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Smashing Book 5 features smart responsive design techniques and patterns.
Jon Savage and Simon Birky Hartmann are design professionals, collaboratively running a curious design studio named Studio Ace of Spade. Both having graduated from Goshen College, their skills cover four areas: Computer Science, Design, Business Information Systems, and Business. With backgrounds in project management, video games, and craft beers, they are building quite the interesting design business.
Check out their work on
Flickr, Dribbble, Behance, and Twitter.
In the Web world, hearing businesses and freelancers alike complain about low-budget projects is not too uncommon. Let’s say that a local coffee shop needs to update its Web presence and contacts you for a redesign. It also requires a blog so that it can announce new coffees, events and so on. However, during the course of the first meeting, the client mentions that they don’t have a budget.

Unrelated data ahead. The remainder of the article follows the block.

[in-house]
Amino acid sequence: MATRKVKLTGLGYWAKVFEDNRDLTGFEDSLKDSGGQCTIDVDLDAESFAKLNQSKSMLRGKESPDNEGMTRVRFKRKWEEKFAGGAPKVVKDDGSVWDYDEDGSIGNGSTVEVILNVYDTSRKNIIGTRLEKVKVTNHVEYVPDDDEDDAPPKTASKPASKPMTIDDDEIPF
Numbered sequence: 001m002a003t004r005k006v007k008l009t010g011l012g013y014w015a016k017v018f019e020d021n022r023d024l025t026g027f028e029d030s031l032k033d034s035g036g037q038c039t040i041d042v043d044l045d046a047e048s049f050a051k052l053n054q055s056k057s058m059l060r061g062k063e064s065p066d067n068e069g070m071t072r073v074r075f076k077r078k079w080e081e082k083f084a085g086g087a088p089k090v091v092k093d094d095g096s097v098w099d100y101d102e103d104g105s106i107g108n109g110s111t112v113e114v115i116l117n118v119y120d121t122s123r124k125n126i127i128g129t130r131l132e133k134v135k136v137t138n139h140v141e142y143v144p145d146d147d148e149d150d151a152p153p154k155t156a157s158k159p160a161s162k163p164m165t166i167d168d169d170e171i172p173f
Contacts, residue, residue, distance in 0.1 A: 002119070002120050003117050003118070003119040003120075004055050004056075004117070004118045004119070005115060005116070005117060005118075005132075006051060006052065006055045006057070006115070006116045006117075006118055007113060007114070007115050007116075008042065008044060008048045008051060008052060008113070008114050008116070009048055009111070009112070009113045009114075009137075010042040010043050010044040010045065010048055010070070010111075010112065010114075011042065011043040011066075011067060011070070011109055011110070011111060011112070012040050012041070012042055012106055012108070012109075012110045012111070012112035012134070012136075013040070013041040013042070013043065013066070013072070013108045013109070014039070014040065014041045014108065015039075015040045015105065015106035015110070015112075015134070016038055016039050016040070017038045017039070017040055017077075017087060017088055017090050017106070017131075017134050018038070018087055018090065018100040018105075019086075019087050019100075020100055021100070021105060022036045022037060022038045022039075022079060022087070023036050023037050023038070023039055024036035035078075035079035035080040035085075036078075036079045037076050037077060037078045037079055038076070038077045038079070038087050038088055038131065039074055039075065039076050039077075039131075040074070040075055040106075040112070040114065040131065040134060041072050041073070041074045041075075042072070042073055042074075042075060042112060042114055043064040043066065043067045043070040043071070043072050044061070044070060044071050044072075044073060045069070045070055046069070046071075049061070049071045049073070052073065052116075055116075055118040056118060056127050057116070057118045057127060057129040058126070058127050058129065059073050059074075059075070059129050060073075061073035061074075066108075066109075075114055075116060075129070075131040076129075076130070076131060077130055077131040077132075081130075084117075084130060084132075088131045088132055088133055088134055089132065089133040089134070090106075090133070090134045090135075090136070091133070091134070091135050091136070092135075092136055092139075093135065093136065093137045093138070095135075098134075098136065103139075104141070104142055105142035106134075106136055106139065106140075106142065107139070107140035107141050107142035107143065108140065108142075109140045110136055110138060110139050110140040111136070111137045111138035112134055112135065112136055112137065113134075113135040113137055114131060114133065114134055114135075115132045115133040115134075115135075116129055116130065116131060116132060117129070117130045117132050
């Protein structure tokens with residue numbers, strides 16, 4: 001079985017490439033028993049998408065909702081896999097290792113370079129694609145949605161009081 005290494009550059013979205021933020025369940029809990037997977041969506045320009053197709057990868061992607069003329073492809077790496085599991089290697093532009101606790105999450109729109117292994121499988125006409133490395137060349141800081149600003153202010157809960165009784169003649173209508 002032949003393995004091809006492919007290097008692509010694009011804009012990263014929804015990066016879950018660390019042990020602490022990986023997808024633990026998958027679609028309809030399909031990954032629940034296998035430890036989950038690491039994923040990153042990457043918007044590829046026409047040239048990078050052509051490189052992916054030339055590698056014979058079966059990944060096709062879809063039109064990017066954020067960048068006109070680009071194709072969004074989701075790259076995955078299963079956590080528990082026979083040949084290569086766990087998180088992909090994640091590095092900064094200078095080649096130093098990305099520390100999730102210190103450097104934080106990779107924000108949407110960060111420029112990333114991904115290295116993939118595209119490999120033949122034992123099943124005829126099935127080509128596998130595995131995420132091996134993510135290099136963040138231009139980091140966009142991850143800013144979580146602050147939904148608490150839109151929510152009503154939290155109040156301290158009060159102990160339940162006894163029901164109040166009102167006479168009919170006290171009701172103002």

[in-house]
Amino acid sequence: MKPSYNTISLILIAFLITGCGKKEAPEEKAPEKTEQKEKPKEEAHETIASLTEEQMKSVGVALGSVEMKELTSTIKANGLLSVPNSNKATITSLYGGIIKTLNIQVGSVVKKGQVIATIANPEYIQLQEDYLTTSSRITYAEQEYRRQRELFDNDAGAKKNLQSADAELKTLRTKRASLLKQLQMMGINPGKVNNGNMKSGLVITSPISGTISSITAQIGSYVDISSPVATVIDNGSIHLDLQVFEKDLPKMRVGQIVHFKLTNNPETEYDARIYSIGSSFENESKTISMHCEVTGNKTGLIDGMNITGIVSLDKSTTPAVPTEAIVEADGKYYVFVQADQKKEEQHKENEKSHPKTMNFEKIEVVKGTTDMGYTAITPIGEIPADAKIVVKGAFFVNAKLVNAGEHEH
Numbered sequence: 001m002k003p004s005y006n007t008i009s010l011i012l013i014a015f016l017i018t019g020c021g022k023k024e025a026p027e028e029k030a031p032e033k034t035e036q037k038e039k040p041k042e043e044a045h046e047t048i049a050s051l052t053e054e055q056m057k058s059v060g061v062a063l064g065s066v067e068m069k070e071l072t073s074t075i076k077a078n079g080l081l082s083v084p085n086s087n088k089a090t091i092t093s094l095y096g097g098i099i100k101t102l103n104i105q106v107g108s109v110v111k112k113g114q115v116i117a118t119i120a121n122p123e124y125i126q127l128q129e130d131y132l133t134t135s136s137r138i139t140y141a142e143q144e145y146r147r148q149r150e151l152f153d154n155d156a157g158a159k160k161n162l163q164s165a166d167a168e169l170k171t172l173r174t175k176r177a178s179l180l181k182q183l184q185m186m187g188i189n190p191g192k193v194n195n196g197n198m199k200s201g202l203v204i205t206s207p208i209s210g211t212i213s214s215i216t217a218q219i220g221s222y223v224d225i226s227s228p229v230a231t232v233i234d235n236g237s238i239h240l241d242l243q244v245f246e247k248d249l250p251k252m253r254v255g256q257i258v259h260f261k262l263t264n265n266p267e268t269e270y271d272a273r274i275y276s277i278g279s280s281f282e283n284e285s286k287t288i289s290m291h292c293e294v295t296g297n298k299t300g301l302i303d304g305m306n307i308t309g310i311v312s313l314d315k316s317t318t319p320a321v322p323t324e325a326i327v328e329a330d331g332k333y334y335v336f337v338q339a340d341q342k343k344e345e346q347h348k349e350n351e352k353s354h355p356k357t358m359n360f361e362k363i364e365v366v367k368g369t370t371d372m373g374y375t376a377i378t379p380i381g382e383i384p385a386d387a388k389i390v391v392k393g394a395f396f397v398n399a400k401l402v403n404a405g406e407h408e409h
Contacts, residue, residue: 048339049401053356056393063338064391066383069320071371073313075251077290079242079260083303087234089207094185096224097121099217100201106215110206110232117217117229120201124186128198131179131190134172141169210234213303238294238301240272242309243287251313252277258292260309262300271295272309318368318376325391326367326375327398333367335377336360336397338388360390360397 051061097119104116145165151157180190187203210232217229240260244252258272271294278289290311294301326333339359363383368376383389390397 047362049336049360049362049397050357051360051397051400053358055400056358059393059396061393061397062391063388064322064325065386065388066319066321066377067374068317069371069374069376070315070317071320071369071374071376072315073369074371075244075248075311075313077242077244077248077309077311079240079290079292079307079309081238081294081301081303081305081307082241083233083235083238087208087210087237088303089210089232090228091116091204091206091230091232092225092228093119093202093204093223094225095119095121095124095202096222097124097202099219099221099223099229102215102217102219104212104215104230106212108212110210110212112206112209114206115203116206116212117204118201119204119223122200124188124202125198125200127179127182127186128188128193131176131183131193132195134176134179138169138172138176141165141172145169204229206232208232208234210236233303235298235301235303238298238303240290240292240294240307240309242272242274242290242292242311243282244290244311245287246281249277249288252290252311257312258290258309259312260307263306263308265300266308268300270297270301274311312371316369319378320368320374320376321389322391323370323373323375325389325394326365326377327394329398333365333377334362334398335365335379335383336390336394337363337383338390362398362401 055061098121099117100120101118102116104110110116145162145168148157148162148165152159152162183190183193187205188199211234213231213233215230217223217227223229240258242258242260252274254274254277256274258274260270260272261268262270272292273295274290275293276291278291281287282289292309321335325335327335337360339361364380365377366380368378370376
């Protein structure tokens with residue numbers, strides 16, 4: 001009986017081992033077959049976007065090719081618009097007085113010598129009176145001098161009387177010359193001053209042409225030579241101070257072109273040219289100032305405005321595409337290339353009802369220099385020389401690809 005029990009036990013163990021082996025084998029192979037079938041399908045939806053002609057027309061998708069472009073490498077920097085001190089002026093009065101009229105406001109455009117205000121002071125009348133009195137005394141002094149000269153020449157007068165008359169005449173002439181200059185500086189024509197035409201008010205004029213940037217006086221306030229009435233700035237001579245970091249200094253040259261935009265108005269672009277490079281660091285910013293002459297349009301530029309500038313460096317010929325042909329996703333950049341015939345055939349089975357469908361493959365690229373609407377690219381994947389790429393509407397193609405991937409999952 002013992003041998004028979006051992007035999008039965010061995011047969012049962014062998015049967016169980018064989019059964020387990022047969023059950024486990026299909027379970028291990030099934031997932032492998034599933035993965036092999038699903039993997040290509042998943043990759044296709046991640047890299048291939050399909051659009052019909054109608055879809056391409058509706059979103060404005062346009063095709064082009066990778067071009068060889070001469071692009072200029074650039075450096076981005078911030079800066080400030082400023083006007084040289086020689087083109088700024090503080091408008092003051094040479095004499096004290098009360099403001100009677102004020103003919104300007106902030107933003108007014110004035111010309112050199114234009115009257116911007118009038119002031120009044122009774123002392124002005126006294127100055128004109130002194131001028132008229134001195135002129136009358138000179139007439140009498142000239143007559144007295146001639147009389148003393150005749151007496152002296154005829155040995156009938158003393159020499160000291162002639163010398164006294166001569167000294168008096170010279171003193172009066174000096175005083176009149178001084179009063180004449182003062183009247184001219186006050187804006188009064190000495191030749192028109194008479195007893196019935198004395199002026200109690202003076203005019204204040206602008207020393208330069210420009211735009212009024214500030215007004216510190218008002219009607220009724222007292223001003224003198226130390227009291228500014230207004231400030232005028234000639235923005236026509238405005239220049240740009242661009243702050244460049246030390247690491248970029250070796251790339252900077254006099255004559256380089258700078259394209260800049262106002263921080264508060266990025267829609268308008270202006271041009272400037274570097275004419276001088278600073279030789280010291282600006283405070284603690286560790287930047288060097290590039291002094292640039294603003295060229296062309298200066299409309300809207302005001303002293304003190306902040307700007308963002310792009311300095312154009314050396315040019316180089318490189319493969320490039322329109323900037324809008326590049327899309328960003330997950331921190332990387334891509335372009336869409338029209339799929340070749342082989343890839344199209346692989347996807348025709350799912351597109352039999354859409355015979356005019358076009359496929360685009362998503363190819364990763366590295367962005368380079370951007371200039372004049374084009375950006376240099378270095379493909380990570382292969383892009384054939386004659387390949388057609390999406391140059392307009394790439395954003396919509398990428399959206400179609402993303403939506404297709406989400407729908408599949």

Being the inquisitive businessperson that you are, you say, “Well, we work with budgets of almost any size. What price range were you thinking of?” The owner of the coffee shop reveals that he has only $1500 to spend on the website. Thinking it would be a waste of time, you walk away.
Texture is becoming integral to design. It’s gone beyond being a trend — it’s now a simple and effective way to add depth to a website. Wielding the power of texture is a great responsibility. It increases the effectiveness of websites and is a quality tool in the arsenal of designers. It can guide the user’s eye and emphasize the importance of key elements.
However, texture has long been synonymous with “dirty” or “grungy” design. Its overuse can be seen throughout the world of music group websites and has left a bad taste in the mouths of designers. Due to its frequent misuse, its benefits have long been overlooked. Texture can bring a website together, but should not be the main focus.